Geoff Petty discusses how teachers deliberately taking a back seat and letting students assess their peers' work, using ‘model answers' or 'worked solutions', can be so rewarding for their learning and lead to a marked improvement in their performance.
Geoff Petty is author of Teaching Today and Evidence Based Teaching and has trained staff in more than 300 colleges and schools. This article first appeared in InTuition - the quarterly journal for members of The Society for Education and Training (SET).
Most teachers work too hard. Are you one of them? It’s good to know that many of the teaching methods that do best in rigorous classroom trials require the teacher to do less, and the students to do more.
Here, for example, is a strategy which Graham Gibbs found almost doubled attainment (quoted in John Biggs, 2003). At least as interesting as the strategy itself is why it worked. Have a look at the method described in the bullets below. Students are warned about the process before they start.
Gibbs reports that the teacher did not take down the marks that the students obtained, though you could if you wish. Remarkably, the average mark on the unit rose from around 45% to around 75% as a result of this strategy.
First, there is a good deal of repetition. The student does the questions, looks carefully at the model answers while marking their peer’s work, and will then probably check the peer’s marking of their own work by looking again at the model answers. It’s actually helpful that students don’t trust each other’s marking, as this encourages them to look even more carefully at the model answers and how they differ from their own answers.
In this whole process, students become very clear about:
What they should have done: This comes from having to look carefully at the model answers while marking their peer’s work, and when checking the marking of their own work. What they got right: The peer marking will tell them what they got right, and they can check this marking against the model.
What they didn’t get right and how to fix it: The peer who marked their work will show them what they got wrong and, again, they can check this against the model. Helpfully, they have studied the correct answers carefully while using the model to mark the peer’s work as well as when they are checking the marking of their own work. As a result, they can easily see the gap between what they did, and what they should have done, and how to close this gap.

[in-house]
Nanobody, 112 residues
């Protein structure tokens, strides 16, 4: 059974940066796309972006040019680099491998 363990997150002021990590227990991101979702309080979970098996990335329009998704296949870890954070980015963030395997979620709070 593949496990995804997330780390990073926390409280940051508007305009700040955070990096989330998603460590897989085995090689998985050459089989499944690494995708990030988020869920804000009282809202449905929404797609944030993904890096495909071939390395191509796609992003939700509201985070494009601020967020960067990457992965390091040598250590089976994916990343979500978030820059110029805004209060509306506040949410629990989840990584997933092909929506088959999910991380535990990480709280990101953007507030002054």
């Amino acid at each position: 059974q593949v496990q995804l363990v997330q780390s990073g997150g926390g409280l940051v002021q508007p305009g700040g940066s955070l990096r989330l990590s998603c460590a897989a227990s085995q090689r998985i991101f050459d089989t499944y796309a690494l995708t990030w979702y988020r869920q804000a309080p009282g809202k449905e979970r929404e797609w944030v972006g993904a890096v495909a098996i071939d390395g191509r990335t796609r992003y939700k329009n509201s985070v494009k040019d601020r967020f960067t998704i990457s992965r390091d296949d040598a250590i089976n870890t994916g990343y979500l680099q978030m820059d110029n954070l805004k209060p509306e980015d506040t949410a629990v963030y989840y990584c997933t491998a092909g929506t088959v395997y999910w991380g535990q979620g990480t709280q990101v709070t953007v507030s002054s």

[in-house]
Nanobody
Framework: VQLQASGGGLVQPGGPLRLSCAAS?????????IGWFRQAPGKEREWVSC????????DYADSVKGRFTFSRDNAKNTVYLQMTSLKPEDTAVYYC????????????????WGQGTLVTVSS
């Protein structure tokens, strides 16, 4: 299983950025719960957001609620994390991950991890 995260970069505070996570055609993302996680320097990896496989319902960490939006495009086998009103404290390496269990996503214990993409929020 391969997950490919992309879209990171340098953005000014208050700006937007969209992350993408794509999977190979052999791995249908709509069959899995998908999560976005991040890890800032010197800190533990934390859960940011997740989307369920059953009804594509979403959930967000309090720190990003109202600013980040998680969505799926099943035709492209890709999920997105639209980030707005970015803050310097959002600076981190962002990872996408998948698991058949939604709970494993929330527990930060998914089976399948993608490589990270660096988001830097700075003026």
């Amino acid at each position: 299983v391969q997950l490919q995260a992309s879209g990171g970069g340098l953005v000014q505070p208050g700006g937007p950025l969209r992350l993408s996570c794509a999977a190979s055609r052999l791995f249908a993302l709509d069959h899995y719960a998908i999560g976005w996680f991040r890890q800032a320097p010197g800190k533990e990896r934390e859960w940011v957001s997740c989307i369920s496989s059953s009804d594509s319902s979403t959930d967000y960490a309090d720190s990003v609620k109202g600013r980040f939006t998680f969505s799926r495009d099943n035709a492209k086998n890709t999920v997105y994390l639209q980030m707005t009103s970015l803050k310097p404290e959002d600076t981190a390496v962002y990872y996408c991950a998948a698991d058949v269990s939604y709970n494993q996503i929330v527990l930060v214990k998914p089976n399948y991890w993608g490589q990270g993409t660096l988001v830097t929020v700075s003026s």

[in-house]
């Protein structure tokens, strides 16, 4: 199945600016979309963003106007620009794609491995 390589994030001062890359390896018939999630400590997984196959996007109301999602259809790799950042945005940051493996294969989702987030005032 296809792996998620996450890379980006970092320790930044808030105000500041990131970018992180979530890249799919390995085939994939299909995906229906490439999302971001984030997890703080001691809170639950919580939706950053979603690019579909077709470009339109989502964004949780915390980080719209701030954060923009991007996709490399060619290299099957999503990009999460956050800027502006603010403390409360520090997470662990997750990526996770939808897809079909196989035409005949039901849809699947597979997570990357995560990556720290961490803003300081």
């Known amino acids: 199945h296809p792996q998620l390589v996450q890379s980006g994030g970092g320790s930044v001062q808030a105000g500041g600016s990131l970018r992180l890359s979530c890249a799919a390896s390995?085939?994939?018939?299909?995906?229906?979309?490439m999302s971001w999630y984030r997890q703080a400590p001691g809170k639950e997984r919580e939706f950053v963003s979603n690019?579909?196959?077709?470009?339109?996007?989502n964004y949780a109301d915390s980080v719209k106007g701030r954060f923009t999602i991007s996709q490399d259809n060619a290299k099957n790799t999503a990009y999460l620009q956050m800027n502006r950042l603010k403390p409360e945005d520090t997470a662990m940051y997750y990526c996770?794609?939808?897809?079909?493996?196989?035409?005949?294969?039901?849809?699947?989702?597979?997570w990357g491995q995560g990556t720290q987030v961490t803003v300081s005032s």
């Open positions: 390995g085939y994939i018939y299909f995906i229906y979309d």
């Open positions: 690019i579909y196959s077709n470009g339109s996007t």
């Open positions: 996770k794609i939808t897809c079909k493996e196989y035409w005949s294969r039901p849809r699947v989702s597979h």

Another powerful aspect of peer assessment is that while students don’t seem to mind handing in poor work to you (you’re only a teacher, after all), they feel uneasy about handing over rubbish to a peer. So warning students that their work will be peer assessed will raise the standard of what they do.
The great strength of this teaching method is that it provides the students with all the information they require in order to improve. When students have completed a peer assessment, it’s useful to ask them whether they could produce better answers if they were given similar questions again. They nearly always answer ‘yes’ with great confidence. Peer assessment helps to prepare students for self-assessment, which is a vital prerequisite for self-improvement.
When a student hands in a poor piece of work, it’s often due to poor self-assessment. This is because students need to check their work while they complete it, realise the weaknesses, and address them.
It’s their self-assessment skill that enables students to produce higher quality work. So, getting students involved in the assessment process is not laziness on the part of the teacher (honestly!). It’s the teacher developing an absolutely vital capacity for self-improvement in their students.
And while it has become traditional to ask students to mark their peers working alone, group discussion will help develop their assessment skills while creating more peer pressure to do good work.
Here is how it works:
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